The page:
David McKittrick: Here's one peace process that won't be unravelling

In Belfast, there is little sense that things face either collapse or a lurch into limbo
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The Independent Online

The sword of Damocles has gone from Northern Ireland. Even if the present political talks should break down amid rancour and bitterness, no eruption of large-scale violence will follow. Instead there will simply be, in due course, yet another round of negotiation, probably after a May general election. And if this round of talks does not work, the next one probably will.

The sword of Damocles has gone from Northern Ireland. Even if the present political talks should break down amid rancour and bitterness, no eruption of large-scale violence will follow. Instead there will simply be, in due course, yet another round of negotiation, probably after a May general election. And if this round of talks does not work, the next one probably will.

This is negotiation at a snail's pace. But the prevailing emotion is one of frustration rather than desperation; it used to be that lives could depend on the outcome, but nobody believes that any more. Fringe groups remain an unpredictable menace but the IRA is not going back to war and now the Ulster Defence Association, the largest of the loyalist outfits, has begun to think deeply about its future.

Many groups and individuals who once opposed the peace process have come to appreciate its benefits and the transformation it has brought to Northern Ireland, even if the peace is imperfect. Kofi Annan said as much when he visited Belfast last month and declared: "Your efforts to create a better world for your children have been a source of inspiration and hope to people in many other countries.

"The world can learn from your commitment, courage and imagination in seeking solutions and fostering trust between communities which had been at loggerheads for decades." The UN secretary general went on to deliver a warning that peace processes can run out of steam, with more than half of them collapsing within five years while others "fall into a sort of limbo of no war, no peace". In Belfast, however, there is little sense that things face either collapse or a lurch into limbo. It may be dangerous complacency, but most feel a political deal to seal the peace is inevitable at some stage.

In practical terms, this means clinching a deal between the champions of Unionism and nationalism, that is the Rev Ian Paisley's Democratic Unionists and Sinn Fein. The Paisley party, to resort to another classical allusion, crossed a Rubicon when it engaged with Sinn Fein - not face-to-face, but via the British and Irish government - on the shape of a new deal.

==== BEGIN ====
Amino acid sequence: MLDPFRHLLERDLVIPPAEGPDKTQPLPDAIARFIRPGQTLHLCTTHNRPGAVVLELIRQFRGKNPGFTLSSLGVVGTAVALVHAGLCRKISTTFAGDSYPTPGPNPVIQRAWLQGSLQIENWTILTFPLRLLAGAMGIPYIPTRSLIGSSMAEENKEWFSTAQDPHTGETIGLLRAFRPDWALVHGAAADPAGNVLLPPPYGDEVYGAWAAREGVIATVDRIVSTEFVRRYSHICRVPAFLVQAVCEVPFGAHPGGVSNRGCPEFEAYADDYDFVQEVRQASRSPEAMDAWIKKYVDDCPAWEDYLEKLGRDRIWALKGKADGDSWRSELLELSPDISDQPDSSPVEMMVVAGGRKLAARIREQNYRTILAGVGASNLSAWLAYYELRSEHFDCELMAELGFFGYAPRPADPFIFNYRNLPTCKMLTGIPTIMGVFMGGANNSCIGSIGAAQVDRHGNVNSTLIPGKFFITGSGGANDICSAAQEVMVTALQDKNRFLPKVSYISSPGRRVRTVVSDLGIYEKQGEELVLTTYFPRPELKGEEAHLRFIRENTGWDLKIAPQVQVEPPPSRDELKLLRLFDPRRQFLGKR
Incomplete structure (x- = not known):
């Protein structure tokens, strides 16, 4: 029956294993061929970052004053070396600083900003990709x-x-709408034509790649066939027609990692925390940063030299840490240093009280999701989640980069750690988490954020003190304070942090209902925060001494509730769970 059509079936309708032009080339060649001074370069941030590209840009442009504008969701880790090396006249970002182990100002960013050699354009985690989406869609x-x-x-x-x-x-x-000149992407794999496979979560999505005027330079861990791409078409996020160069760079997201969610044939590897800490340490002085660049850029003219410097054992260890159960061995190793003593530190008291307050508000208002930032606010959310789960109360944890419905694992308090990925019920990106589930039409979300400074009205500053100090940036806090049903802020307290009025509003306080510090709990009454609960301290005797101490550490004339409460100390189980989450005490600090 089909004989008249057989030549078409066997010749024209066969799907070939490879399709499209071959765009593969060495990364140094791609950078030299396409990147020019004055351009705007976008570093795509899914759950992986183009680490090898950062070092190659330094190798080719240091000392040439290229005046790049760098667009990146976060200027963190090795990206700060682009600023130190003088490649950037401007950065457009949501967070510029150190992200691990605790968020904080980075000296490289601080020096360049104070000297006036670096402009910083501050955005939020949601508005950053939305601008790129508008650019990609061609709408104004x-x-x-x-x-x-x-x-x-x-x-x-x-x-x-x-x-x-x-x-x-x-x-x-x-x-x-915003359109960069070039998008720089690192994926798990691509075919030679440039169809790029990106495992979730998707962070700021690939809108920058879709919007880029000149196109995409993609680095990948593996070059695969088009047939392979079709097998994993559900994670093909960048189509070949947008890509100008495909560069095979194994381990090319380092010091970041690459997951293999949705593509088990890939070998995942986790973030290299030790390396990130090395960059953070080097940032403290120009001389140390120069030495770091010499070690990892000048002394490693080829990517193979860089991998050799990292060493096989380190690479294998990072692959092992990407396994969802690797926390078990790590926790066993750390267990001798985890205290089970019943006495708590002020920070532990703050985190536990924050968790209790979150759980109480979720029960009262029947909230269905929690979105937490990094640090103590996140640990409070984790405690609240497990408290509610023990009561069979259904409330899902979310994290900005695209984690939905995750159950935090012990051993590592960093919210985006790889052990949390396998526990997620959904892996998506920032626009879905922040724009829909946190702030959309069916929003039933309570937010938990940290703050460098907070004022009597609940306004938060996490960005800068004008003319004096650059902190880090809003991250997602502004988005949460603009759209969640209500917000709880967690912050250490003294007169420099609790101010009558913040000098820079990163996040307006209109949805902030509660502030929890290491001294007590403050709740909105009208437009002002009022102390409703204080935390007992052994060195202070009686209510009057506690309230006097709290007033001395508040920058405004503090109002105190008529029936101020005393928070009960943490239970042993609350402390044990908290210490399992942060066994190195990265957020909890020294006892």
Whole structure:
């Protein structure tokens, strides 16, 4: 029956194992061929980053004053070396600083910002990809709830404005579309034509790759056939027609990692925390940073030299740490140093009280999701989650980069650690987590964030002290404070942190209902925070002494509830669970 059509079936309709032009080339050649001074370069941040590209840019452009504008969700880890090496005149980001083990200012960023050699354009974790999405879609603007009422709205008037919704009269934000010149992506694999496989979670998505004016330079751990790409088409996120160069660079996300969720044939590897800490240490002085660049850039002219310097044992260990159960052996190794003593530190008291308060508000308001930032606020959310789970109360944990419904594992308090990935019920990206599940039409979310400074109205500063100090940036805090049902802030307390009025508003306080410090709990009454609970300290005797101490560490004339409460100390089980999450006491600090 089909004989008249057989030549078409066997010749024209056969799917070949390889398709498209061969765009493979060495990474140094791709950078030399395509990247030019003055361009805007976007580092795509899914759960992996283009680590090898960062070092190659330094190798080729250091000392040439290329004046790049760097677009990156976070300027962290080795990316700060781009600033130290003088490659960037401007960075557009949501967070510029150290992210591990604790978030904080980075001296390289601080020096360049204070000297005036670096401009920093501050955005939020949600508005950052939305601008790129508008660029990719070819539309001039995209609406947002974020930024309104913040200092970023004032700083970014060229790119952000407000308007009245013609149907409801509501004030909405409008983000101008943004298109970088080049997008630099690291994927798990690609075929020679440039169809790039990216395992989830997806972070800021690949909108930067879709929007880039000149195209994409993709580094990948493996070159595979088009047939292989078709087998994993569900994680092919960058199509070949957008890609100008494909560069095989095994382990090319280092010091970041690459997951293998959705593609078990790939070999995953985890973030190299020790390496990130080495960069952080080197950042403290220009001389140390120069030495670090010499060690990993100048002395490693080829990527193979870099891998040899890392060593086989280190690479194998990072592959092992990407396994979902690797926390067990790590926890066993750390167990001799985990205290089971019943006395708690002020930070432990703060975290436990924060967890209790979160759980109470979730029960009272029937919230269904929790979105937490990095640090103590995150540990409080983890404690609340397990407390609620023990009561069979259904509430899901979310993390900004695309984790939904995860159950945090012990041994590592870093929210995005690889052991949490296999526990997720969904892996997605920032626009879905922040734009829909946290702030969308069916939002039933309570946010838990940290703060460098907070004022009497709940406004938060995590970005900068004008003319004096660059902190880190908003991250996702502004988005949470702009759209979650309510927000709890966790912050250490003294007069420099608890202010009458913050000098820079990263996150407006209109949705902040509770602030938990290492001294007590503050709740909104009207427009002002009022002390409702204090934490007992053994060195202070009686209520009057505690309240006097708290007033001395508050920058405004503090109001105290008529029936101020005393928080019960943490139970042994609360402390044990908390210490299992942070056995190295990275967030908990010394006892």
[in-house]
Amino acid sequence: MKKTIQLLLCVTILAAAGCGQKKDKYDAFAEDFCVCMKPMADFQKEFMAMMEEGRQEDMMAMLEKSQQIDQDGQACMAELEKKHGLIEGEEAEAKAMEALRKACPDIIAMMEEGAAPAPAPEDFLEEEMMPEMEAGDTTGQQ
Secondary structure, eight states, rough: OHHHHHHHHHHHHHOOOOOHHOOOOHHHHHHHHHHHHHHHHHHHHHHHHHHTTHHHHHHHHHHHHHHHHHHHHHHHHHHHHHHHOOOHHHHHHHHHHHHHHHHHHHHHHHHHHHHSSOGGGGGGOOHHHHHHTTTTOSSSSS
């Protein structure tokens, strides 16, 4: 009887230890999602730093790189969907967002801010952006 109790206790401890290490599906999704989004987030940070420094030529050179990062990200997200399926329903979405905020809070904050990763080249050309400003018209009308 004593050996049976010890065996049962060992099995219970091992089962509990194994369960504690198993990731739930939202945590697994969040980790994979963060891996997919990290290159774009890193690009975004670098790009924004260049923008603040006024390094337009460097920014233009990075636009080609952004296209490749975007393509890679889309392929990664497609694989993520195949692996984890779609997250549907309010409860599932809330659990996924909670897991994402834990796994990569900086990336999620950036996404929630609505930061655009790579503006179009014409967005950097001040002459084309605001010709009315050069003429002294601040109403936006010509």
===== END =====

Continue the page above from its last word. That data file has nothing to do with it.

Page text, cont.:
The DUP wants IRA arms decommissioning and assurances that the IRA will go out of business; republicans in return want assurances that the DUP will form a government with Sinn Fein. In mid-September, Tony Blair thought an understanding could be reached within weeks, but agreement has proved elusive. The IRA would reportedly allow clergymen to witness weaponry being put beyond use; the DUP wants photographic evidence as well.

The Government longs for an acceptable bargain to be struck as quickly as possible but, having led the two horses to water, it cannot make them drink. The republicans are up for a deal but the DUP are less easy to fathom.

This is the DUP's first taste of negotiation at the highest level, having taken over as the principal voice of Unionism just a year ago. There is much speculation about the state of opinion within the party. One nationalist said: "We hear that one lot wants to do a deal now, another lot will do a deal but only after the election, and a third lot doesn't want to do a deal at all." But much of that is guesswork, and critically no one is sure which way Mr Paisley himself will go. A decision on his part to delay until next year would however be unsurprising, given all his decades of obstruction and protest.

He and his party have learnt much from David Trimble's experience in negotiating with republicans. They have learnt that every last detail of any accord has to be nailed down, with no room for ambiguity. They have also learned from republicans, for like them the DUP is on a journey from the politics of automatic opposition to a new phase of negotiation. Republicans showed that caution and time may be needed to bring the more militant grassroots along on an odyssey. The DUP may well conclude that a year as the top dogs in Unionism has not been long enough to accustom its own militants to the realities of the peace process. Besides, the DUP and Sinn Fein both believe that the next Westminster election will strengthen their hands. The two parties grow with each election, and they look forward to taking Westminster seats from their rivals.

Those rivals, David Trimble's Ulster Unionists and the moderate nationalist Social Democratic and Labour Party, have been weakened in successive elections and everyone expects them to slump further next time round. If they continue on their downward trend, the DUP and Sinn Fein will have confirmed themselves as the only two parties who really count.

At that point, everyone would have to acknowledge that the only alternatives are either to remain locked in sterile confrontation or to start governing the country. And the DUP, once established at the head of government, are likely to be there permanently. That would be great news for the DUP as a party, but it could only happen if it reaches accommodation with republicans. And that would be great news for everyone else, for it would mean that the gun had gone from politics.

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